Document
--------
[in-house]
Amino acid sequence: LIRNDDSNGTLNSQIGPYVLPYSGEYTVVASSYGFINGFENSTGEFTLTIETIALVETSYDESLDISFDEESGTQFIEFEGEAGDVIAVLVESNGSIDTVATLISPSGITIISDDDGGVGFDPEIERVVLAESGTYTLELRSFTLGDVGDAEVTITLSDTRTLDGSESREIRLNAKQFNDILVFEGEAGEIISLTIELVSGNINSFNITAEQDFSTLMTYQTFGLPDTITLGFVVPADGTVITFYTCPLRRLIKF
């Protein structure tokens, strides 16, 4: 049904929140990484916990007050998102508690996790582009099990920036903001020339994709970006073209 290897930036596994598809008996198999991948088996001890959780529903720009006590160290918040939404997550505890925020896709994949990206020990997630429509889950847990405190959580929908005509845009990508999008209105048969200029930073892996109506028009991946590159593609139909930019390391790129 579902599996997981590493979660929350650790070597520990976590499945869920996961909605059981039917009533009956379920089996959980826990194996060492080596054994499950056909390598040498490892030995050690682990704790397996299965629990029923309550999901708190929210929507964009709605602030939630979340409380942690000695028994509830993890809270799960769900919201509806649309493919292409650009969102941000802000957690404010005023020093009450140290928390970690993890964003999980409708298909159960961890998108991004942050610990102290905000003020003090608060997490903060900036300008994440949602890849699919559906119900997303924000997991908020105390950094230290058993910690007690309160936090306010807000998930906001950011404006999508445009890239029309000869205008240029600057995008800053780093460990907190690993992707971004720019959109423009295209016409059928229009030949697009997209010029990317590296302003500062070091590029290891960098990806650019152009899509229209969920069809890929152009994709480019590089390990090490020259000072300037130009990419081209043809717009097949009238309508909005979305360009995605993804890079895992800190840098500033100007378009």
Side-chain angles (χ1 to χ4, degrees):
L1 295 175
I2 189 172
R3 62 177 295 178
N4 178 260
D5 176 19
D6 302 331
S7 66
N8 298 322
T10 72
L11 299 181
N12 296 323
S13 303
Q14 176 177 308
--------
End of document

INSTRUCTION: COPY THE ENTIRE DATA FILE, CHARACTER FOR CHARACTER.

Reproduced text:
[in-house]
Amino acid sequence: LIRNDDSNGTLNSQIGPYVLPYSGEYTVVASSYGFINGFENSTGEFTLTIETIALVETSYDESLDISFDEESGTQFIEFEGEAGDVIAVLVESNGSIDTVATLISPSGITIISDDDGGVGFDPEIERVVLAESGTYTLELRSFTLGDVGDAEVTITLSDTRTLDGSESREIRLNAKQFNDILVFEGEAGEIISLTIELVSGNINSFNITAEQDFSTLMTYQTFGLPDTITLGFVVPADGTVITFYTCPLRRLIKF
């Protein structure tokens, strides 16, 4: 049904929140990484916990007050998102508690996790582009099990920036903001020339994709970006073209 290897930036596994598809008996198999991948088996001890959780529903720009006590160290918040939404997550505890925020896709994949990206020990997630429509889950847990405190959580929908005509845009990508999008209105048969200029930073892996109506028009991946590159593609139909930019390391790129 579902599996997981590493979660929350650790070597520990976590499945869920996961909605059981039917009533009956379920089996959980826990194996060492080596054994499950056909390598040498490892030995050690682990704790397996299965629990029923309550999901708190929210929507964009709605602030939630979340409380942690000695028994509830993890809270799960769900919201509806649309493919292409650009969102941000802000957690404010005023020093009450140290928390970690993890964003999980409708298909159960961890998108991004942050610990102290905000003020003090608060997490903060900036300008994440949602890849699919559906119900997303924000997991908020105390950094230290058993910690007690309160936090306010807000998930906001950011404006999508445009890239029309000869205008240029600057995008800053780093460990907190690993992707971004720019959109423009295209016409059928229009030949697009997209010029990317590296302003500062070091590029290891960098990806650019152009899509229209969920069809890929152009994709480019590089390990090490020259000072300037130009990419081209043809717009097949009238309508909005979305360009995605993804890079895992800190840098500033100007378009």
Side-chain angles (χ1 to χ4, degrees):
L1 295 175
I2 189 172
R3 62 177 295 178
N4 178 260
D5 176 19
D6 302 331
S7 66
N8 298 322
T10 72
L11 299 181
N12 296 323
S13 303
Q14 176 177 308